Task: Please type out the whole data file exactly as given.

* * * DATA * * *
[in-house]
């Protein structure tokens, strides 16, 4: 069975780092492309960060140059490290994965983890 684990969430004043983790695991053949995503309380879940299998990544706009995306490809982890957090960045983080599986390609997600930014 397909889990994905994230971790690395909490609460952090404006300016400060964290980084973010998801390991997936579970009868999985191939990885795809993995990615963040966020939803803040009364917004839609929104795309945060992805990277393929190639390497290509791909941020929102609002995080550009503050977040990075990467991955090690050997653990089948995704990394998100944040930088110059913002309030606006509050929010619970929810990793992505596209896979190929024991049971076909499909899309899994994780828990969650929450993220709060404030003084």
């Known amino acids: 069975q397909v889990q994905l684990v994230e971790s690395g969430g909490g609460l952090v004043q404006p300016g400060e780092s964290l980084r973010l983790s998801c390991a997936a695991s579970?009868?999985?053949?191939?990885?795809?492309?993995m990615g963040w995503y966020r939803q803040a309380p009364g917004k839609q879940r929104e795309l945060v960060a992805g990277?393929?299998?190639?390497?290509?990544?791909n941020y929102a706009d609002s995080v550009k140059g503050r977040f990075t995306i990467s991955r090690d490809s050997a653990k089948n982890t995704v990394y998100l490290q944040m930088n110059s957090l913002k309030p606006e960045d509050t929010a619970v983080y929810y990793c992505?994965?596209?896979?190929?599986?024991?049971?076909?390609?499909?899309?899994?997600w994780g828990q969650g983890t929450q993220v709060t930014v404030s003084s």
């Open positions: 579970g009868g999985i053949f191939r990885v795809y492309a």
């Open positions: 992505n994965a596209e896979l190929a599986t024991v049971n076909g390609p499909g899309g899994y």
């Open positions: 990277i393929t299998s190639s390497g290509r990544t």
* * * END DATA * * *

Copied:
[in-house]
């Protein structure tokens, strides 16, 4: 069975780092492309960060140059490290994965983890 684990969430004043983790695991053949995503309380879940299998990544706009995306490809982890957090960045983080599986390609997600930014 397909889990994905994230971790690395909490609460952090404006300016400060964290980084973010998801390991997936579970009868999985191939990885795809993995990615963040966020939803803040009364917004839609929104795309945060992805990277393929190639390497290509791909941020929102609002995080550009503050977040990075990467991955090690050997653990089948995704990394998100944040930088110059913002309030606006509050929010619970929810990793992505596209896979190929024991049971076909499909899309899994994780828990969650929450993220709060404030003084």
């Known amino acids: 069975q397909v889990q994905l684990v994230e971790s690395g969430g909490g609460l952090v004043q404006p300016g400060e780092s964290l980084r973010l983790s998801c390991a997936a695991s579970?009868?999985?053949?191939?990885?795809?492309?993995m990615g963040w995503y966020r939803q803040a309380p009364g917004k839609q879940r929104e795309l945060v960060a992805g990277?393929?299998?190639?390497?290509?990544?791909n941020y929102a706009d609002s995080v550009k140059g503050r977040f990075t995306i990467s991955r090690d490809s050997a653990k089948n982890t995704v990394y998100l490290q944040m930088n110059s957090l913002k309030p606006e960045d509050t929010a619970v983080y929810y990793c992505?994965?596209?896979?190929?599986?024991?049971?076909?390609?499909?899309?899994?997600w994780g828990q969650g983890t929450q993220v709060t930014v404030s003084s």
């Open positions: 579970g009868g999985i053949f191939r990885v795809y492309a």
């Open positions: 992505n994965a596209e896979l190929a599986t024991v049971n076909g390609p499909g899309g899994y």
């Open positions: 990277i393929t299998s190639s390497g290509r990544t």